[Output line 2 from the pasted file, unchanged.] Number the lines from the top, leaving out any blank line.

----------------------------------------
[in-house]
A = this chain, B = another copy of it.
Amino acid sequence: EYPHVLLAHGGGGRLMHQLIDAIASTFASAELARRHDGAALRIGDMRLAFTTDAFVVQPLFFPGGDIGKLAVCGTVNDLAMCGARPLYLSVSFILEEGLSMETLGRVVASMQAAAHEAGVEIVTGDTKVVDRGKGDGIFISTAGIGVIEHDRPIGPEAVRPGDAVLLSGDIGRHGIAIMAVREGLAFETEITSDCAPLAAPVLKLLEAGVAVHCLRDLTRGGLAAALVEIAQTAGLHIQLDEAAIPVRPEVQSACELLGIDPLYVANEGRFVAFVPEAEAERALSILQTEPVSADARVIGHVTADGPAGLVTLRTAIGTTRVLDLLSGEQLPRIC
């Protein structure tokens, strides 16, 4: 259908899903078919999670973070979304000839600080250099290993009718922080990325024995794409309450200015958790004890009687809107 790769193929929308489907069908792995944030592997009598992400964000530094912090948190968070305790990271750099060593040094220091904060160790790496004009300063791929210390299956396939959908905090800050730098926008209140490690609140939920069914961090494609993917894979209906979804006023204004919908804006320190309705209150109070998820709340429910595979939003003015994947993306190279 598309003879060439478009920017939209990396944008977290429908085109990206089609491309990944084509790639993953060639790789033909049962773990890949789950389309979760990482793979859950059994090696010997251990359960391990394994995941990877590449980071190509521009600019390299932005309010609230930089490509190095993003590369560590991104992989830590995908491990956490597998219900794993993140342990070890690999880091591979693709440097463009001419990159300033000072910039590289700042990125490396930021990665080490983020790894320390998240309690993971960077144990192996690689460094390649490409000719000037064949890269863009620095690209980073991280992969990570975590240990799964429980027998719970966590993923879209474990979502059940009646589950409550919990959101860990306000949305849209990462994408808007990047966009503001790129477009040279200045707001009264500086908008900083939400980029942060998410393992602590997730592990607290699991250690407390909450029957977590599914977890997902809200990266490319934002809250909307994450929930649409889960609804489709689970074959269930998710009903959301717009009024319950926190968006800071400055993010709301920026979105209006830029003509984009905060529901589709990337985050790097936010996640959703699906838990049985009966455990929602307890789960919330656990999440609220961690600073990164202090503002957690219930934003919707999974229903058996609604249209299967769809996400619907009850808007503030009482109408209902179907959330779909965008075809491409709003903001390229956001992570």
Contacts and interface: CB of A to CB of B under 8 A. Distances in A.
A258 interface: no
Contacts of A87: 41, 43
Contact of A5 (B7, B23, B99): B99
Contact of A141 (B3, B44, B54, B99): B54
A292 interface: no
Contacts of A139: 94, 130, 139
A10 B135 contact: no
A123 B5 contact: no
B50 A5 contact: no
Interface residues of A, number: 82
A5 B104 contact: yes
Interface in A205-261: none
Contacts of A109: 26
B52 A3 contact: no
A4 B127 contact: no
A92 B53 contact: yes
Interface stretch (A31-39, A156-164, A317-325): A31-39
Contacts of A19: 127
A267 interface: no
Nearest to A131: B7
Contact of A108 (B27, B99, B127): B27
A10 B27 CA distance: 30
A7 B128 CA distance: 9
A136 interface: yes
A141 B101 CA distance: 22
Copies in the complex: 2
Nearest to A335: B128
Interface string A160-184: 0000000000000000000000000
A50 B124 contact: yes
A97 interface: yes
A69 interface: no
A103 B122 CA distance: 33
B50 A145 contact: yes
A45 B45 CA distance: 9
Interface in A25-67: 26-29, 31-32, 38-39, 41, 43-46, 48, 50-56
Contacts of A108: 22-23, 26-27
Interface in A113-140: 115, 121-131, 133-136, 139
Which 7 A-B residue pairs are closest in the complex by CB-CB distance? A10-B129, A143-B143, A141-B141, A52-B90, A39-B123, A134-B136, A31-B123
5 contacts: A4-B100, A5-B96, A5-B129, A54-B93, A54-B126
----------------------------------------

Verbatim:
A = this chain, B = another copy of it.